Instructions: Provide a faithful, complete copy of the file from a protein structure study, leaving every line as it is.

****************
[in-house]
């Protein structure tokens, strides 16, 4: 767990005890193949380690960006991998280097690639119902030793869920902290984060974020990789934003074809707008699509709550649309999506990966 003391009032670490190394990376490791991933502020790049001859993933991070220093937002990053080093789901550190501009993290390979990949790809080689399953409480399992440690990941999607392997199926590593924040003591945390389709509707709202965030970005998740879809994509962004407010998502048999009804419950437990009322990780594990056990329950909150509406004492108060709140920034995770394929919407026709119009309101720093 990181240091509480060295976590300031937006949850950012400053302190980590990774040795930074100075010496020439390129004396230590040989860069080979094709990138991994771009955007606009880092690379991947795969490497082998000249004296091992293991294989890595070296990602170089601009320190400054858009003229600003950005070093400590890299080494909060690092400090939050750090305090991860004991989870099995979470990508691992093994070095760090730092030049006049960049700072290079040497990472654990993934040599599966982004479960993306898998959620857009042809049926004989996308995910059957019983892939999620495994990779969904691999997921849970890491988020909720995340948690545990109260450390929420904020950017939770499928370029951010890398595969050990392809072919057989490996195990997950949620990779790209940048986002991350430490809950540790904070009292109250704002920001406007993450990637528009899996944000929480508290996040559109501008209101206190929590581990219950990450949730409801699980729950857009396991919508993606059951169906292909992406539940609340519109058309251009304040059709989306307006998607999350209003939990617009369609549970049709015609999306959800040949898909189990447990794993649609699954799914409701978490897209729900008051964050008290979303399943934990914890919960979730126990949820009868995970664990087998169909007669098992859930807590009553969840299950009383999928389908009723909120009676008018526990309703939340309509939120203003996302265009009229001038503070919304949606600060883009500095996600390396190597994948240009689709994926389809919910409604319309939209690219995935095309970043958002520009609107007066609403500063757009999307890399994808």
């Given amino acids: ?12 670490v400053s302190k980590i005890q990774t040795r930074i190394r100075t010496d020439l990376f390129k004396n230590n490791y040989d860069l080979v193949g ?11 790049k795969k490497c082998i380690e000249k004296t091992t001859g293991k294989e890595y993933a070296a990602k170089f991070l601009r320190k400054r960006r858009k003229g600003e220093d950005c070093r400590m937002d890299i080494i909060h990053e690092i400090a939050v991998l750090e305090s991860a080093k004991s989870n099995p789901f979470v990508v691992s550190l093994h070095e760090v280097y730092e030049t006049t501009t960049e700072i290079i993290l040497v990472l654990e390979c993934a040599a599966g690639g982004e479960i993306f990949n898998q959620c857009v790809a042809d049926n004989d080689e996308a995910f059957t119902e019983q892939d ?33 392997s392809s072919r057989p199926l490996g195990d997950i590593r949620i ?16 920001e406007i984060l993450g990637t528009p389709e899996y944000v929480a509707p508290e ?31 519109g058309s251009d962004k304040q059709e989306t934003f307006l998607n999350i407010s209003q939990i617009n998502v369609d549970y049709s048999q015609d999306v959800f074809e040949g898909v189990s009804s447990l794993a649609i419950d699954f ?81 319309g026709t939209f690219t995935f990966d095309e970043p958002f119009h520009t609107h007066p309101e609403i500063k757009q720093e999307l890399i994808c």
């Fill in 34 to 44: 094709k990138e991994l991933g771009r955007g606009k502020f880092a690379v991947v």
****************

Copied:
[in-house]
């Protein structure tokens, strides 16, 4: 767990005890193949380690960006991998280097690639119902030793869920902290984060974020990789934003074809707008699509709550649309999506990966 003391009032670490190394990376490791991933502020790049001859993933991070220093937002990053080093789901550190501009993290390979990949790809080689399953409480399992440690990941999607392997199926590593924040003591945390389709509707709202965030970005998740879809994509962004407010998502048999009804419950437990009322990780594990056990329950909150509406004492108060709140920034995770394929919407026709119009309101720093 990181240091509480060295976590300031937006949850950012400053302190980590990774040795930074100075010496020439390129004396230590040989860069080979094709990138991994771009955007606009880092690379991947795969490497082998000249004296091992293991294989890595070296990602170089601009320190400054858009003229600003950005070093400590890299080494909060690092400090939050750090305090991860004991989870099995979470990508691992093994070095760090730092030049006049960049700072290079040497990472654990993934040599599966982004479960993306898998959620857009042809049926004989996308995910059957019983892939999620495994990779969904691999997921849970890491988020909720995340948690545990109260450390929420904020950017939770499928370029951010890398595969050990392809072919057989490996195990997950949620990779790209940048986002991350430490809950540790904070009292109250704002920001406007993450990637528009899996944000929480508290996040559109501008209101206190929590581990219950990450949730409801699980729950857009396991919508993606059951169906292909992406539940609340519109058309251009304040059709989306307006998607999350209003939990617009369609549970049709015609999306959800040949898909189990447990794993649609699954799914409701978490897209729900008051964050008290979303399943934990914890919960979730126990949820009868995970664990087998169909007669098992859930807590009553969840299950009383999928389908009723909120009676008018526990309703939340309509939120203003996302265009009229001038503070919304949606600060883009500095996600390396190597994948240009689709994926389809919910409604319309939209690219995935095309970043958002520009609107007066609403500063757009999307890399994808």
């Given amino acids: ?12 670490v400053s302190k980590i005890q990774t040795r930074i190394r100075t010496d020439l990376f390129k004396n230590n490791y040989d860069l080979v193949g ?11 790049k795969k490497c082998i380690e000249k004296t091992t001859g293991k294989e890595y993933a070296a990602k170089f991070l601009r320190k400054r960006r858009k003229g600003e220093d950005c070093r400590m937002d890299i080494i909060h990053e690092i400090a939050v991998l750090e305090s991860a080093k004991s989870n099995p789901f979470v990508v691992s550190l093994h070095e760090v280097y730092e030049t006049t501009t960049e700072i290079i993290l040497v990472l654990e390979c993934a040599a599966g690639g982004e479960i993306f990949n898998q959620c857009v790809a042809d049926n004989d080689e996308a995910f059957t119902e019983q892939d ?33 392997s392809s072919r057989p199926l490996g195990d997950i590593r949620i ?16 920001e406007i984060l993450g990637t528009p389709e899996y944000v929480a509707p508290e ?31 519109g058309s251009d962004k304040q059709e989306t934003f307006l998607n999350i407010s209003q939990i617009n998502v369609d549970y049709s048999q015609d999306v959800f074809e040949g898909v189990s009804s447990l794993a649609i419950d699954f ?81 319309g026709t939209f690219t995935f990966d095309e970043p958002f119009h520009t609107h007066p309101e609403i500063k757009q720093e999307l890399i994808c």
């Fill in 34 to 44: 094709k990138e991994l991933g771009r955007g606009k502020f880092a690379v991947v």